Democratic National Convention Committee
Leah Daughtry is on her second swing as the CEO of the Democratic National Convention Committee. Having put together the party’s 2008 convention in Denver, she’ll bring what she learned to the planning of next year’s assembly in Philadelphia. The quality of the leadership team is crucial, she says: “It allows me to think more broadly about the bigger picture, knowing someone else is thinking about the color of the credentials and someone’s worrying about the print deadlines.” Conventions, she says, are not just a show but a working environment for the delegates, and it’s up to her to make sure that 10,000 cell phones can all ring at once. The team has already hired a company to manage the housing for convention attendees and is working with vendors, making sure that local businesses get a piece of the action. Daughtry, a 52-year-old from Brooklyn, has been a Pentecostal pastor since 2002. She has her own D.C. business, called On These Things, which offers strategic management and event planning.
Republican National Committee
Pundits may shake their heads over the multitude of Republican presidential aspirants, but Gary Coby finds it an advantage. “The benefit of a wide field,” he says, is that the candidates “engage with users and engage with each other.” Since early August, as the Republican National Committee’s senior director of digital advertising, Coby, 30, has been building an online infrastructure for the eventual nominee. He works with the RNC’s creative team to design the ads and with the email specialists to fine-tune how to reach interested voters—looking for “folks who keep engaging,” as he puts it. When Coby sees people who are active on social media, he adds them to his email list. He has worked in the digital world for more than a decade; his real introduction was with Mitt Romney’s 2008 campaign, though he notes that digital techniques have improved hugely since then. The Marylander came to the RNC after briefly venturing onto the sales side at Intermarkets, a digital-publishing collective.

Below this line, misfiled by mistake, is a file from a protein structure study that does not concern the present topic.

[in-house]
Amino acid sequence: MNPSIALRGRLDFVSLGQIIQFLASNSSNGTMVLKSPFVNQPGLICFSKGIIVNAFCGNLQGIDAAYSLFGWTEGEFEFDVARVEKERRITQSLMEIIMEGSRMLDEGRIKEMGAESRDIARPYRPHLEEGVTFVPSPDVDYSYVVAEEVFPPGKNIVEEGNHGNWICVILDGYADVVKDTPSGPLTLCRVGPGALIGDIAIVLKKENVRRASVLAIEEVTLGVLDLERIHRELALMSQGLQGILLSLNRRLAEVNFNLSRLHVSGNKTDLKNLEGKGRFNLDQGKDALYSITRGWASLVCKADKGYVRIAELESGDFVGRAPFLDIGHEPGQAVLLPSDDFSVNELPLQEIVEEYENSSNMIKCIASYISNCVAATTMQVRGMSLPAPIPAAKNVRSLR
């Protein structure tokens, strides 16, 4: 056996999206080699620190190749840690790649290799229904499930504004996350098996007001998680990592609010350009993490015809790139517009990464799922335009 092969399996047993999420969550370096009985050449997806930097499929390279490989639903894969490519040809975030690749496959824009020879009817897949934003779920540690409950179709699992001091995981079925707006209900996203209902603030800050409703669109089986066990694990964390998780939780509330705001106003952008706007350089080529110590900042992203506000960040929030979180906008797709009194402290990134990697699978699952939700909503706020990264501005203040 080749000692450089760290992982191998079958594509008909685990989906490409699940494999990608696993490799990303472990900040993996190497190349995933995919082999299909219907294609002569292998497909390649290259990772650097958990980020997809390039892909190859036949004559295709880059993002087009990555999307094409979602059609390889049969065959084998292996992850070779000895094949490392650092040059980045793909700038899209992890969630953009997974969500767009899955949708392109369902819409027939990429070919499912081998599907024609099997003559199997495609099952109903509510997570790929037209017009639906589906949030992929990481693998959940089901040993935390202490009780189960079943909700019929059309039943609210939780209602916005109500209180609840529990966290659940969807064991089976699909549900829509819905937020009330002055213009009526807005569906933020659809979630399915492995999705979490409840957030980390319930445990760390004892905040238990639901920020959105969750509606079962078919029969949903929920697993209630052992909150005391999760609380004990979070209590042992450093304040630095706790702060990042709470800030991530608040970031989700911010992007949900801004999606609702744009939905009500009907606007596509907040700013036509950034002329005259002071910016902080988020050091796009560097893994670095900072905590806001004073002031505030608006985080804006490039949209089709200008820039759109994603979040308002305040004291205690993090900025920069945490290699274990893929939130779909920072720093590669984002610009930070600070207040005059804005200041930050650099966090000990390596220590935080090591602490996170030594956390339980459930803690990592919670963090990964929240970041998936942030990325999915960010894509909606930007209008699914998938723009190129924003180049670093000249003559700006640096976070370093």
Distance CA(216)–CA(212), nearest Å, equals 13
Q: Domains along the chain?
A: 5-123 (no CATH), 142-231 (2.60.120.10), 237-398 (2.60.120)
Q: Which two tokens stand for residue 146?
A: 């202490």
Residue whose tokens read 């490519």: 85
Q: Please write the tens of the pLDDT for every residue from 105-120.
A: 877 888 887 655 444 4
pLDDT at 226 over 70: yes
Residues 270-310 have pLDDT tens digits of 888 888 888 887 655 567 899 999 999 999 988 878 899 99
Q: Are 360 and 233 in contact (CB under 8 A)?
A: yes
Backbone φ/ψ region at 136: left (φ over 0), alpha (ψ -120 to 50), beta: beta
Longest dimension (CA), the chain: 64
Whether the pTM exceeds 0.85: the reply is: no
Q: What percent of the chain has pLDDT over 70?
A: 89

As the new vice president of campaigns at EMILY’s List, Lucinda Guinn has a big year ahead. She started her new position in June, after a year and a half as the vice president of independent expenditures for the fund-raising group, which helps female Democratic candidates who favor abortion rights. These days, she’s raising money for Hillary Clinton’s presidential campaign and recruiting women to run for state and local offices. She’ll also focus on flipping Republican-held state legislatures to Democratic control. Activity on abortion restrictions, ease of voting, environmental issues, and economic inequality are all “really happening in state legislative chambers,” she explains. Guinn, 35, who hails from El Paso, Texas, was the political director at the Gay and Lesbian Victory Fund before arriving at EMILY’s List in late 2013.
This article is from the archive of our partner National Journal.
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